WITH lavish pre-match entertainment and an all-you-can-eat buffet, it is unsurprising that Sepp Blatter remains undecided about attending tonight's Champions League final at Wembley.
Any juxtaposition with fast-fingered trickery and gluttony is unlikely to be helpful to the Fifa president and his organisation in the coming days.
Football's global governing body is in the grip of internecine strife that threatens to tear the wealthy organisation apart.
Yesterday it placed Mr Blatter under investigation as part of a widening bribery scandal ahead of Wednesday's ballot to decide whether the 75-year-old Swiss is re-elected to another term.
The charge against the veteran Fifa president comes from Mohamed bin Hammam, once a close ally of Mr Blatter, but now challenging him for his position. Mr Bin Hammam is also under investigation for corruption.
As a result, the Zurich high temple of the planet's biggest team sport, which announced four-year revenues topping £2.4bn (€2.7bn) for the first time, faces the spectacle this weekend of having its two potential leaders led before a corruption inquiry. Four days later, one half of this dysfunctional double act will be voted president of Fifa in a secret ballot.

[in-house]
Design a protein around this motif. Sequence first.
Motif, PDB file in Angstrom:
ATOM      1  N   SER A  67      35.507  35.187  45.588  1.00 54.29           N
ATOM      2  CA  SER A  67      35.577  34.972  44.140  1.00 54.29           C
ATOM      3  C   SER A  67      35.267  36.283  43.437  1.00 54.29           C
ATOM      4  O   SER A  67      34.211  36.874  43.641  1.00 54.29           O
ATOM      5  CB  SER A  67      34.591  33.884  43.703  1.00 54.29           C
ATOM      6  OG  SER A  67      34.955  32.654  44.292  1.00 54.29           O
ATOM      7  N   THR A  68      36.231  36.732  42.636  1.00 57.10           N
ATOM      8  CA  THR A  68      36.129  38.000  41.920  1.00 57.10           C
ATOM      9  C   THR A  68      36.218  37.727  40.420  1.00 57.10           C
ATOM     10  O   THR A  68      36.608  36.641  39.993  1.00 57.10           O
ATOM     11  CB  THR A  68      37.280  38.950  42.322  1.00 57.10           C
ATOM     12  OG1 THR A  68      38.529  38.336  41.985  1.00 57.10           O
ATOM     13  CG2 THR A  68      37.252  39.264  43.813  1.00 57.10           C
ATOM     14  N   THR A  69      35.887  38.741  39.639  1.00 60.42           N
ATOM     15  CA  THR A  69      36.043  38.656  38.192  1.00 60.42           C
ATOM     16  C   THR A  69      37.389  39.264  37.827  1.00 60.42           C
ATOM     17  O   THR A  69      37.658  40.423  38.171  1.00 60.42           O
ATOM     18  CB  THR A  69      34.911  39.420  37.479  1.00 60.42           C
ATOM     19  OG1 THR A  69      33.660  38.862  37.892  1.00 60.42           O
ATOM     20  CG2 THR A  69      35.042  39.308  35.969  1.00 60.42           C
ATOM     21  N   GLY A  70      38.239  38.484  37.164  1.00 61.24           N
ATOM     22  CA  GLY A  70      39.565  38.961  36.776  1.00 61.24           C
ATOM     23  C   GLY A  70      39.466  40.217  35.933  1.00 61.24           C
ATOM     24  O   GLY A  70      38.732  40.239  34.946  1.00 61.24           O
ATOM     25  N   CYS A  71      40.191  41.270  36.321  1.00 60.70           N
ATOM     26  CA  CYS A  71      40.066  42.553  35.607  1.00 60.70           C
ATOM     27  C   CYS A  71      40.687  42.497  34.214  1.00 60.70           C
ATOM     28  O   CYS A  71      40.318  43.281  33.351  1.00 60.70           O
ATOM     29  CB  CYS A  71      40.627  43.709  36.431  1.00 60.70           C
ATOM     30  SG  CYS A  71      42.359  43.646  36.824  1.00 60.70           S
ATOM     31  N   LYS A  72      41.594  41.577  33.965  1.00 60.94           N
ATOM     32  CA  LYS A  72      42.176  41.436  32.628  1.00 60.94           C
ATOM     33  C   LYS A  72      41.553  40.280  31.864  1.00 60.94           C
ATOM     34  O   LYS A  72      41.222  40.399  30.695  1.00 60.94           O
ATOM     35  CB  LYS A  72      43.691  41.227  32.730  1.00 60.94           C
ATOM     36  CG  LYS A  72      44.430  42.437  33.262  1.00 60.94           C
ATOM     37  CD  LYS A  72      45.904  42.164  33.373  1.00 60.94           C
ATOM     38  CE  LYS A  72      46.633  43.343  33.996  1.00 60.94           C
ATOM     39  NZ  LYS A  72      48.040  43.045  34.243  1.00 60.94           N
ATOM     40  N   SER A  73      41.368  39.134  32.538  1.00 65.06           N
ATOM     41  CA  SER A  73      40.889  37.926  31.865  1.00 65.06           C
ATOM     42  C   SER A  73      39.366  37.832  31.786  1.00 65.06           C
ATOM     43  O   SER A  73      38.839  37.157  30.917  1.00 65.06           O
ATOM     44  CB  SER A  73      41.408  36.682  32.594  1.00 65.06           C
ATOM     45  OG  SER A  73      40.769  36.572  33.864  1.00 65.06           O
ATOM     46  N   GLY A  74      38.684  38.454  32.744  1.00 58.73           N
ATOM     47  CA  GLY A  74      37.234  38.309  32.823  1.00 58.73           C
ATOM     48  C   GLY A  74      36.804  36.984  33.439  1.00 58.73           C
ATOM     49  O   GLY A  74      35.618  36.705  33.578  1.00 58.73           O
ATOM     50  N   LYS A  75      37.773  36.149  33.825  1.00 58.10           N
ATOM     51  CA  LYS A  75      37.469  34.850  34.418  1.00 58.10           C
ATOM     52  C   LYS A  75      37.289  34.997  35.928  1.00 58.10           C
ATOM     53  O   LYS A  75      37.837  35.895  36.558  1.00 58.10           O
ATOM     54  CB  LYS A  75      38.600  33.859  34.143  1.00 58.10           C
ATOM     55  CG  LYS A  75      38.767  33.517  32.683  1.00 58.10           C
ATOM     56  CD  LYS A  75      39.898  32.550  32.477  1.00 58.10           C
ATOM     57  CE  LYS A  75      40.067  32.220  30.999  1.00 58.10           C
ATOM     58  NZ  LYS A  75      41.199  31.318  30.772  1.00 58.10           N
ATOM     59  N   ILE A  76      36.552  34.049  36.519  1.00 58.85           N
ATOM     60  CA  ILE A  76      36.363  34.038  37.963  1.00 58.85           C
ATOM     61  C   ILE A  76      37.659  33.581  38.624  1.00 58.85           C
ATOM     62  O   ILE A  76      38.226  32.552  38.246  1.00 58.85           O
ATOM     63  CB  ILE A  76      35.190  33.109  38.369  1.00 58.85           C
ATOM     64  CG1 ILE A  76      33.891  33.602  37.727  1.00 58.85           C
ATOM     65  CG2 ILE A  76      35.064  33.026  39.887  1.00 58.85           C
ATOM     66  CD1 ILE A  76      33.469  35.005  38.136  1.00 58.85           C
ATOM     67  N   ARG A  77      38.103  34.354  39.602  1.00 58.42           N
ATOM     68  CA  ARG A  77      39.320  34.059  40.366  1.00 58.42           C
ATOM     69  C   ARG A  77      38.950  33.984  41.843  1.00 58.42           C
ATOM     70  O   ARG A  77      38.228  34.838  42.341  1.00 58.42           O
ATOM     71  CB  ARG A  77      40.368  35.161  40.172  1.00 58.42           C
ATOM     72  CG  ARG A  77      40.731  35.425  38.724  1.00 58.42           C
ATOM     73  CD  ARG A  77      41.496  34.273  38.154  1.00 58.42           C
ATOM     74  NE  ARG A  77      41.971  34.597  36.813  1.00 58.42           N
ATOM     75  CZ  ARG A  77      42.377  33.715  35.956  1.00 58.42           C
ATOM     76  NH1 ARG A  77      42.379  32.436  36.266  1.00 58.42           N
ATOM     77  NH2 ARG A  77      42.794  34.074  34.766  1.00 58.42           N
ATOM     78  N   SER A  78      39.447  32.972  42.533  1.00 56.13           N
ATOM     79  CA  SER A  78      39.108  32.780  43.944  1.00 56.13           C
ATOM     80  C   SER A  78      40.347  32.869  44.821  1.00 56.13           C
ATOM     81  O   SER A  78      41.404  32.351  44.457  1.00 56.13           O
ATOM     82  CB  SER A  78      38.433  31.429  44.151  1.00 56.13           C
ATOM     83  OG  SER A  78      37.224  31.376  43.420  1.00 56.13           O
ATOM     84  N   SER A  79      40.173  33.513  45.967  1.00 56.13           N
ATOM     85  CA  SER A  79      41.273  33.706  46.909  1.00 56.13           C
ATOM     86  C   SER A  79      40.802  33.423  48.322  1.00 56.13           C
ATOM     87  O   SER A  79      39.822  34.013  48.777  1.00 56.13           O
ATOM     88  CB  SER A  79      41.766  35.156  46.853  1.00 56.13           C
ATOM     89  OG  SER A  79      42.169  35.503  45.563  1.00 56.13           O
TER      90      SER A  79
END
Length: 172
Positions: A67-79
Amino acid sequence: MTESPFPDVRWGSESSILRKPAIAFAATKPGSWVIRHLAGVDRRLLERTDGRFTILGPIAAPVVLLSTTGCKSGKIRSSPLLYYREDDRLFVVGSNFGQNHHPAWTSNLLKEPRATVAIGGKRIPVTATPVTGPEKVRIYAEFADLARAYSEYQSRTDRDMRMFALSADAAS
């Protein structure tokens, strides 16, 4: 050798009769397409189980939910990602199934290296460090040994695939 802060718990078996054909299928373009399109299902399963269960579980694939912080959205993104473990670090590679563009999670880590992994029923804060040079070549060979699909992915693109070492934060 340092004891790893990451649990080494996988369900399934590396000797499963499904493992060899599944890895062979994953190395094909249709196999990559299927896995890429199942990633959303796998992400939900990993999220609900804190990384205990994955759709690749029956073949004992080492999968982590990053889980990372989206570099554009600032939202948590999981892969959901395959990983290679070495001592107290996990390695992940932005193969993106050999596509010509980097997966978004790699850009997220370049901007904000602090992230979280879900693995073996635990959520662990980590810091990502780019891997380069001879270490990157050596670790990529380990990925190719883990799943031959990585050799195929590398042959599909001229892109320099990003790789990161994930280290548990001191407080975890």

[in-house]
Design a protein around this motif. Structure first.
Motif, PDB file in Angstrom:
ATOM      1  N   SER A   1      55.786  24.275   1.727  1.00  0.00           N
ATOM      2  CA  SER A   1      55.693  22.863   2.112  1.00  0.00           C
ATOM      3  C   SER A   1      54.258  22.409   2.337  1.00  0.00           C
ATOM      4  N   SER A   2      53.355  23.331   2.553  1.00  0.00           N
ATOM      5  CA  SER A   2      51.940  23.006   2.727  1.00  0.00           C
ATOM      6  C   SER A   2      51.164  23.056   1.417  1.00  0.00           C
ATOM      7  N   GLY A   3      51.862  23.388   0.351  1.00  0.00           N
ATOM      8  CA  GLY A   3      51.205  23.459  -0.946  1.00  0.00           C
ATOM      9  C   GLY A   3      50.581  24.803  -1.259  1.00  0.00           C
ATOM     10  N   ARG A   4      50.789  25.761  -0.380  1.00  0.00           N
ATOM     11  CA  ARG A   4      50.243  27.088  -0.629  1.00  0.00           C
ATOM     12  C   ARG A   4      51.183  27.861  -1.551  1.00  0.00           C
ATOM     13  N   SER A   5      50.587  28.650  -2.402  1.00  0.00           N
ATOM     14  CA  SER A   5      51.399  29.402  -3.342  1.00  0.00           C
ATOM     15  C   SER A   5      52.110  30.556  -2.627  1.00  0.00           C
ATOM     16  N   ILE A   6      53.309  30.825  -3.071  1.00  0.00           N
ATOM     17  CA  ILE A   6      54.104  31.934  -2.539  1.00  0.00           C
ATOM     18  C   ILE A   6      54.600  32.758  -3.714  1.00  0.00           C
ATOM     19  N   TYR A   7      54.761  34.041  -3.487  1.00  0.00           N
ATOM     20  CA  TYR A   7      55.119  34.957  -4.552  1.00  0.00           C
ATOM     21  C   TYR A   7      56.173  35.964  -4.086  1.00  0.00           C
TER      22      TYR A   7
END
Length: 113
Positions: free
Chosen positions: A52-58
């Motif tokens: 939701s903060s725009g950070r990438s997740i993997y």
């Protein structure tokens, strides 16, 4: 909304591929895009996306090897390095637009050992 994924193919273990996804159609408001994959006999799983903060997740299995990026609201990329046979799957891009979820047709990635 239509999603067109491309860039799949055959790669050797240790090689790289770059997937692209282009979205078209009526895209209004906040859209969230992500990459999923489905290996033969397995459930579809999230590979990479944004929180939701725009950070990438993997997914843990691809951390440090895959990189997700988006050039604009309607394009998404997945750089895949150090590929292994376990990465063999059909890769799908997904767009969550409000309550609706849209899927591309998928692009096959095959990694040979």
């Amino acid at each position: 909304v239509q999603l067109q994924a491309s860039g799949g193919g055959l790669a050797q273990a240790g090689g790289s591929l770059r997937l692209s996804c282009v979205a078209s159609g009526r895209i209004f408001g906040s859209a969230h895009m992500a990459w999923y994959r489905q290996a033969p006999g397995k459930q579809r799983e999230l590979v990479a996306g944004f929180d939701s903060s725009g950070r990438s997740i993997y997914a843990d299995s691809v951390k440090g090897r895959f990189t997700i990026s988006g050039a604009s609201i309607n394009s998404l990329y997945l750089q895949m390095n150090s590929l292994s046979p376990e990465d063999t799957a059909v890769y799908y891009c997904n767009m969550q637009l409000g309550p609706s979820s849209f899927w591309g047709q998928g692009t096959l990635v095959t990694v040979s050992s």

All of this will take place against a background where eight of the 24 Fifa executive committee members who decided the 2018 and 2022 World Cup hosts in December face corruption allegations.
Mr Blatter, accused of turning a blind eye to alleged cash bribes of £24,000 (€27,000) paid earlier this month to Caribbean delegates, must now submit a statement by the end of today to Fifa's ethics committee ahead of a formal hearing tomorrow.
In a statement, Mr Blatter said: "I cannot comment on the proceedings that have been opened against me. The facts will speak for themselves."
With the row threatening to overshadow tonight's European showpiece between Manchester United and Barcelona, the Conservative sports minister, Hugh Robertson, led calls for Wednesday's election to be cancelled, saying the bribery allegations had become a "farce".
The scandal reinforced calls for an overhaul of Fifa, which has been dogged by claims of corruption, opacity and bloated bureaucracy in recent years.
Mr Bin Hammam (62), the Qatari head of the Asia Football Confederation, was accused last week along with Fifa vice-president Jack Warner of offering cash bribes to 25 delegates at a conference in Trinidad, where Mr Warner is a government minister. Both men, who have denied any wrongdoing, will appear before FIFA's ethics committee. (© Independent News Service)